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Maradona the coach can learn from experience of Maradona the player

That is partly because Messi is such a phenomenon that, even in a world in which systems are far more important than individuals, he makes anything seem possible, but mainly it is because Argentina has done this before. In 1986, it was Maradona playing the Messi role, while the unpopular coach with the bizarre selection policy was Carlos Bilardo, who is now Maradona's assistant.

As a player, Bilardo helped Estudiantes to three straight Copas Libertadores, developing a reputation as somebody who would stop at nothing to win. He carried that mentality into coaching and was condemned by those who wanted Argentina to play the sort of expansive football it had in winning the 1978 World Cup.

"I like being first," Bilardo said on his Web site. "You have to think about being first. Because second is no good, being second is a failure. ... For me, it's good that if you lose you should feel bad. Football is played to win. ... Shows are for the cinema, for the theater. ... Football is something else. Some people are very confused."

In the early part of his reign, Bilardo himself was widely perceived as being confused, as Argentina won just three of his first 15 games, a run that included a humbling exit from the Copa America and a defeat to China in a mini-tournament in India. Argentina toured Europe in September 1984 and when Bilardo read out his team to face Switzerland in the first game, his reputation had sunk so low that it was widely assumed he had made a mistake.

"They told me I was wrong, that I'd named three central defenders," he said. "But I told them they should not panic, that everything was well. We were going to use three defenders, five midfielders and two forwards. We had practiced it for two years, and now I was going to put it into practice in tough games."

Argentina beat Switzerland 2-0 with the new system, and went on to beat Belgium and West Germany; the foundation was there. Whether Bilardo then hid his plan away, saving it for when it really mattered, or whether he simply kept tinkering is unclear, but Argentina's form heading into the 1986 World Cup was pitiful. It routed Israel 7-2 in its last warm-up game, but that was its first victory in seven games. As Maradona put it in his autobiography, fans watched Argentina's opening game against South Korea "with their eyes half-closed."

Argentina won comfortably enough, and progressed through the groups before beating Uruguay in the quarterfinal. Initially, Bilardo had used a 4-4-2, before switching to deploy Jose Luis Cuciuffo as a man-marker, picking up Giuseppe Calderisi in the second game against Italy. With Jorge Luis Brown operating as a libero, that effectively left Oscar Garre to push forward from left back to join the midfield, with Maradona as an attacking central midfielder.

Then, against England, Bilardo went back to the master plan (much as Alf Ramsey had waited until a quarterfinal against Argentina to unveil the master plan on which he had been working when England triumphed in 1966). In Brown, he had an uncomplicated defensive libero. In front of him were the two markers, Oscar Ruggeri and Cuciuffo, who picked up the opposing center forwards. Sergio Batista operated in front of them as a ball-winner, with Julio Olarticoechea -- preferred to the more defensively minded Garre -- and Ricardo Giusti wide. Jorge Burruchaga, as a link between midfield and attack, was a certainty, as, obviously, were Jorge Valdano and Maradona, which left just one position to fill. Pedro Pasculli had scored the winner against Uruguay in the previous round, but Bilardo decided to drop him, turning instead to Jose Enrique, a solid, unspectacular midfielder.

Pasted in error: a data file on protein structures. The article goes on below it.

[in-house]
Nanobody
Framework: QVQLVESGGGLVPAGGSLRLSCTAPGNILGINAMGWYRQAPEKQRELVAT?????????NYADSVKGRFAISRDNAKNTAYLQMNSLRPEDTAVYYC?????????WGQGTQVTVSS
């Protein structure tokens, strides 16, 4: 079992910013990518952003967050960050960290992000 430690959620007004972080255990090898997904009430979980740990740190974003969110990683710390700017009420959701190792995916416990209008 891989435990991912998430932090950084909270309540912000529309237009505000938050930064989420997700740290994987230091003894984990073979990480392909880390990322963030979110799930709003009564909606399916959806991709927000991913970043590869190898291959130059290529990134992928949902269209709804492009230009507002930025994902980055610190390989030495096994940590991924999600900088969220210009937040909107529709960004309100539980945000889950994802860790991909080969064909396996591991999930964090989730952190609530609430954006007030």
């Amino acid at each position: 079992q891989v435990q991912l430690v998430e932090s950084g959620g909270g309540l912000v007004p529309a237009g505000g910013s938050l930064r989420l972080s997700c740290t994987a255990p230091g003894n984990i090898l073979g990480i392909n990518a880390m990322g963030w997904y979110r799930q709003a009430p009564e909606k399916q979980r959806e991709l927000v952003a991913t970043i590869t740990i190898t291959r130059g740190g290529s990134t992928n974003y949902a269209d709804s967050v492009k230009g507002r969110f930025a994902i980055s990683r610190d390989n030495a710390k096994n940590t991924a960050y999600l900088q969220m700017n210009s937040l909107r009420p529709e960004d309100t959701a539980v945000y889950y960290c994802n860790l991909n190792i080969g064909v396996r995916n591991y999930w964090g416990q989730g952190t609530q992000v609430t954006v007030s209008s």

"You can't play against the English with a pure center forward," he explained. "They'd devour him, and the extra man in midfield will give Maradona more room."

So Maradona played as a nominal second striker, but given the freedom to roam wherever he saw fit by the defensive platform behind him. It produced two goals, the first illegal, the second brilliant, and Argentina progressed with a 2-1 win to a semifinal against Belgium.

Would a side with wingers have overrun Argentina? Possibly. It could be argued that its central midfield three of Batista, Enrique and Burruchaga would have dominated possession, but when England finally brought on John Barnes and Chris Waddle, they failed to cut out the supply to them even against a central midfield duo as lacking in ferocity as Glenn Hoddle and Steve Hodge. Still, it hardly mattered. Belgium had no wide players of any note -- who is to say it would have had the courage to play them even if it had? -- and restricted the semifinal to a midfield battle, only to be beaten 2-0 by two more majestic Maradona goals.

West Germany played its own version of 3-5-2 in the final and deployed Lothar Matthaus to mark Maradona. To an extent he was successful and, perhaps by the standards he had set in the tournament, Maradona did have a quiet game. But he still played a part in all three Argentina goals, while effectively negating Matthaus as Argentina won 3-2.

Never before or since has there been such a sense of a player winning a tournament single-handedly, but Maradona could only do it because of the tactical switch before the quarterfinal that gave him the freedom he needed. Messi has the potential to do the same in South Africa. The question is whether Maradona has the potential to let him.

Jonathan Wilson is the author of Inverting the Pyramid, Behind the Curtain, Sunderland: A Club Transformed and The Anatomy of England.